Global manufacturing data have been exceedingly grim. One would be hard-pressed to find a country in Europe, Asia or North America that's exporting products with little difficulty.
If the United States wishes to export products at a higher clip, we’d require partners with the means to afford our products. Yet, the U.S. dollar’s strength alongside foreign tariffs are impeding the process.
One might think that the dollar’s strength would be helpful in importing products from other countries. At the moment, however, a wide range of imported goods have been tagged with tariffs that wind up costing end-user consumers a whole lot more money.
For the most part, the U.S. consumer has been strong and resilient. On the other hand, if we’re not acquiring enough goods from places like the United Kingdom and Germany, it may adversely affect jobs stateside.
Consider the manufacturing recessions that are burgeoning in Europe. (See the charts below.) Readings below 50 represent contraction.
Notice that I have not even mentioned the elephant in the global room: China. The world’s second-largest economy is not just our trading partner, but it's pivotal in nearly everything that transpires across the Asia-Pacific region.
The fact that China’s economy is now growing at its slowest pace in 27 years is downright devastating. One might even take notice that the last two times that Chinese GDP fell to these levels - 2000 and 2008 - the U.S. experience significant economic downturns.
Importantly, the U.S. manufacturing segment recently began contracting like the rest of the world. Some may dismiss the reality because we are a consumer-oriented society. Others may point to the recessionary pressures in U.S. manufacturing from 2013 and 2016, where broader-based contraction did not come to pass.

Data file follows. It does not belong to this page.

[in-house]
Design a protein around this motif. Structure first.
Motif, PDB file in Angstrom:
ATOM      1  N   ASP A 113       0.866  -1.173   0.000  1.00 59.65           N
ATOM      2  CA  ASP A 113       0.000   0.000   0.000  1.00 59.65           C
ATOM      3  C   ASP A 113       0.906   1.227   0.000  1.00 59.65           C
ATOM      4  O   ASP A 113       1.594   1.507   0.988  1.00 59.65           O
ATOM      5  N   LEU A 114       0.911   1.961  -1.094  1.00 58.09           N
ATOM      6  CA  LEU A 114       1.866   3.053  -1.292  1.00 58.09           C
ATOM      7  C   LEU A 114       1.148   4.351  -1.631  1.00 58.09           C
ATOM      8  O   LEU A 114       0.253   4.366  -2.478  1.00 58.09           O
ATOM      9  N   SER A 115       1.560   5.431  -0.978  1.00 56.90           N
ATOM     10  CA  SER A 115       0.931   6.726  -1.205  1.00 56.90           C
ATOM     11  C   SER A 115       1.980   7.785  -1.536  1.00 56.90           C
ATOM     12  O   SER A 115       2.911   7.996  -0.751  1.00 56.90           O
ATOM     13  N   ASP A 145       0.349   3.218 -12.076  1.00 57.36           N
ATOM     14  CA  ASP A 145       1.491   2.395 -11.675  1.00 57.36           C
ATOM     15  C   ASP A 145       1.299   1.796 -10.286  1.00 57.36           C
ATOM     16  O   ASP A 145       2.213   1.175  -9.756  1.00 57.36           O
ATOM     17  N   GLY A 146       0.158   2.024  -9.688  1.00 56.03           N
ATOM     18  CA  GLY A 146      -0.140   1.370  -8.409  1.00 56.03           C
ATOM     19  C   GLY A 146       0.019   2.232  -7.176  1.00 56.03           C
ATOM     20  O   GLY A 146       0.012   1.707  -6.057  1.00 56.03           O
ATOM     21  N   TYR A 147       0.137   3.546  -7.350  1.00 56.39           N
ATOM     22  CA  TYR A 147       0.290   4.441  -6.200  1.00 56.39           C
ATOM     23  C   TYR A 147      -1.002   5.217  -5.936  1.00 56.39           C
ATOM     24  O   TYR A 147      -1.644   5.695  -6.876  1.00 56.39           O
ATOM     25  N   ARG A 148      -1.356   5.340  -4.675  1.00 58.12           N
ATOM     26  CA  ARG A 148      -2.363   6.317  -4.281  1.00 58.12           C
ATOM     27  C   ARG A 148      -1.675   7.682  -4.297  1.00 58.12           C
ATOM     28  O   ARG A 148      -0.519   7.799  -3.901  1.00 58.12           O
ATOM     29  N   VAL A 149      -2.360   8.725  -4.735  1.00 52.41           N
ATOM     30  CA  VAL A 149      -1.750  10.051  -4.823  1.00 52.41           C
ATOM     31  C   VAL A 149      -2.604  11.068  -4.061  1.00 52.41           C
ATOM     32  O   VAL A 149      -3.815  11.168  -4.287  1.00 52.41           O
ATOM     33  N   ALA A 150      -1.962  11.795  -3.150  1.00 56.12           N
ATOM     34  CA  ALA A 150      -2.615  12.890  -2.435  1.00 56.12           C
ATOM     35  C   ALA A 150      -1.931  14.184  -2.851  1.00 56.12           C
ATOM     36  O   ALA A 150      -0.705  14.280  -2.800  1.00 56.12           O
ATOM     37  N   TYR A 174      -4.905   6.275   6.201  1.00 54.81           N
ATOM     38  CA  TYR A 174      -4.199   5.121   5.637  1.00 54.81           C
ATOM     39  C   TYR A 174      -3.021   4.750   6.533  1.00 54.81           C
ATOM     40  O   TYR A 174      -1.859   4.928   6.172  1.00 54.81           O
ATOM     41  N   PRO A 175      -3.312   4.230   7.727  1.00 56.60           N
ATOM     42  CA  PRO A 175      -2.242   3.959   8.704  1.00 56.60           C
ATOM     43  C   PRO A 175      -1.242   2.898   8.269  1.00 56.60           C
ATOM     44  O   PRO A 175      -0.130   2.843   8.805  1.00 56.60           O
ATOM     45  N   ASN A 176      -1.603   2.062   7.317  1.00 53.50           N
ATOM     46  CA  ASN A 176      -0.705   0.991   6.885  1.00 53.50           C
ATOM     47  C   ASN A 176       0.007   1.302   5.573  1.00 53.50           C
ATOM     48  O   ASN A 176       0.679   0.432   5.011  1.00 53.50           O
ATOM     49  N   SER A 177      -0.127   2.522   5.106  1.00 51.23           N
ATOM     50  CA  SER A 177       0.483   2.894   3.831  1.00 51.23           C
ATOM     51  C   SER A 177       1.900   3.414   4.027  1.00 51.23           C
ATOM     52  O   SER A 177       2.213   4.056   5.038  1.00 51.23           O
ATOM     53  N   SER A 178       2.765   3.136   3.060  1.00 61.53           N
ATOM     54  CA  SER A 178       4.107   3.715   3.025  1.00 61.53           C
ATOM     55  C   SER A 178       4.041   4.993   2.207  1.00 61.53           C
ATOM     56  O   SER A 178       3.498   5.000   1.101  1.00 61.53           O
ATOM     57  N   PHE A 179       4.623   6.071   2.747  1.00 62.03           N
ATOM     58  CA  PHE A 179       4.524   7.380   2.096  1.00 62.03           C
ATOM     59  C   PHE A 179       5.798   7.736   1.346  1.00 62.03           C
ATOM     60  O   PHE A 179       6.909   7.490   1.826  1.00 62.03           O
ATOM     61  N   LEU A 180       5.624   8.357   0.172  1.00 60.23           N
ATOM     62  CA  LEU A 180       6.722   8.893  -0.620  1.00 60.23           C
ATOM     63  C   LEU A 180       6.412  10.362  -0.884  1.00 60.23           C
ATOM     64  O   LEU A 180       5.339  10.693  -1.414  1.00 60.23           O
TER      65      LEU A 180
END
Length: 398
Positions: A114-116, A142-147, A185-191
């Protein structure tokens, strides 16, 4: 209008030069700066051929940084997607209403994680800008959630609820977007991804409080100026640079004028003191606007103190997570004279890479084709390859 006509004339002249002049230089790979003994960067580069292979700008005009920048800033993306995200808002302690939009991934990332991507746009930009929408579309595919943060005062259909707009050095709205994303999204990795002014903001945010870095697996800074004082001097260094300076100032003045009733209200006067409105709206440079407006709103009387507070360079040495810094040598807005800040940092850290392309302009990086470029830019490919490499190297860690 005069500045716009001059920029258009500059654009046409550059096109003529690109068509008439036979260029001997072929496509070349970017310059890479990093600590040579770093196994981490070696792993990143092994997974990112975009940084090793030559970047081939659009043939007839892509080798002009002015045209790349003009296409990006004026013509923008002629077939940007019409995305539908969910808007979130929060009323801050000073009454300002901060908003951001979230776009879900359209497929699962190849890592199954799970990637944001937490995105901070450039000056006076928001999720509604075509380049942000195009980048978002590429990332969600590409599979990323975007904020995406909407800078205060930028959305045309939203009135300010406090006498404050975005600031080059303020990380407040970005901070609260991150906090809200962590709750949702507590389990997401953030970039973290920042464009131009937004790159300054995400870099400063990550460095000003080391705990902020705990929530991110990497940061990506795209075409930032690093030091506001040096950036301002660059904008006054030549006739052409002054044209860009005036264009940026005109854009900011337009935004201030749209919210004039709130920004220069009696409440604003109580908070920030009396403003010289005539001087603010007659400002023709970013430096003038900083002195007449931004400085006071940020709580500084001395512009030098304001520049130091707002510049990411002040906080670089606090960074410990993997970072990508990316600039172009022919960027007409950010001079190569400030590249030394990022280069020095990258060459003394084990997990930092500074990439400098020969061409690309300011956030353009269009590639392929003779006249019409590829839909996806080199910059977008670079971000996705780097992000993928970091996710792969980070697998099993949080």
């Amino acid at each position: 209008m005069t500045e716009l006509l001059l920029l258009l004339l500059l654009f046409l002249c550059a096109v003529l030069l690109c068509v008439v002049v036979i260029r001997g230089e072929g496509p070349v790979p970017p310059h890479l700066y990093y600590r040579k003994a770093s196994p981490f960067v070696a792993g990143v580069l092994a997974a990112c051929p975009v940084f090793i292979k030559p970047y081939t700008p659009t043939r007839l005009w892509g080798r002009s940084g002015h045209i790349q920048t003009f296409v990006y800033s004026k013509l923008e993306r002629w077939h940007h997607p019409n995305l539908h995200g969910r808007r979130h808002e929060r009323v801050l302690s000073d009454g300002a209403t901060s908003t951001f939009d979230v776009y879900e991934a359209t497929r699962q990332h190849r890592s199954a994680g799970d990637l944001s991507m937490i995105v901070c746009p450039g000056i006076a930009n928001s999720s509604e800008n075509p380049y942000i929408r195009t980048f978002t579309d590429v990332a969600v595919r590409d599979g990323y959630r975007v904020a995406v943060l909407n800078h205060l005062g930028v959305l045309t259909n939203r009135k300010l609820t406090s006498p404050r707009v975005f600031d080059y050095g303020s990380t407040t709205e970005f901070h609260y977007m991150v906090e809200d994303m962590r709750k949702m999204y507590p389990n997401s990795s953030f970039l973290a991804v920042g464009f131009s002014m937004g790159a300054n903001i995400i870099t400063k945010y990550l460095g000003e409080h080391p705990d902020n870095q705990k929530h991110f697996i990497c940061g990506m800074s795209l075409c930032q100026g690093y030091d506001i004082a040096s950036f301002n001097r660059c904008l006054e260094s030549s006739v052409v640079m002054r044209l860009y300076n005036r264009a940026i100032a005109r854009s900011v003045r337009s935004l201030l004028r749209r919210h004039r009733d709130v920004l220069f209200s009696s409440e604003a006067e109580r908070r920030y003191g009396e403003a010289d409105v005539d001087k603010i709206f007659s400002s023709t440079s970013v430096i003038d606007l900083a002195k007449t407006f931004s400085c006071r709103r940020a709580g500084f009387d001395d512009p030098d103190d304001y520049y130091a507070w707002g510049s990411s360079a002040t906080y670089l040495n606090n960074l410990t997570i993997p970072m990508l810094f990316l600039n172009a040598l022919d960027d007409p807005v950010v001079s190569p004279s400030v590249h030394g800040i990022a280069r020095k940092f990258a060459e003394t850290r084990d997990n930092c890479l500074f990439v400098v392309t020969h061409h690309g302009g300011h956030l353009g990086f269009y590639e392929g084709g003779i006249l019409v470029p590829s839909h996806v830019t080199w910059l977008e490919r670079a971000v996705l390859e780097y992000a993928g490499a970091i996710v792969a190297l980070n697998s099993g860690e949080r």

There are differences, however. Throughout the early 2010s, the U.S. engaged in “emergency” level stimulus with zero percent rate policy and quantitative easing. In a similar vein, nearly every major central bank in the world “doubled down” on more quantitative easing stimulus (QE) in 2016. What’s more, in 2016, fiscal stimulus via tax cut promises occurred alongside a Republican sweep of the branches of government.
Here in 2019, Congress is unlikely to authorize any fiscal packages prior to the 2020 election. As for monetary stimulus, dissent at the Federal Reserve would likely restrict voting members to a more subtle rate-cutting trajectory. They would require more evidence of an industry-wide recession that has spread beyond manufacturing before throwing in the towel and kick-starting more QE.
Still, it's clear that the U.S. manufacturing slowdown is adversely impacting the U.S. economy at large. Take a look at the rather dramatic slide in S&P 500 per share estimates in 2019.
An optimist might choose to look at the absolute levels of the S&P 500. A mere 3% off of all-time highs? Surely, U.S. stocks would be down much more than that if we were closing in on an industry-wide recession beyond the manufacturing segment. Wouldn’t they?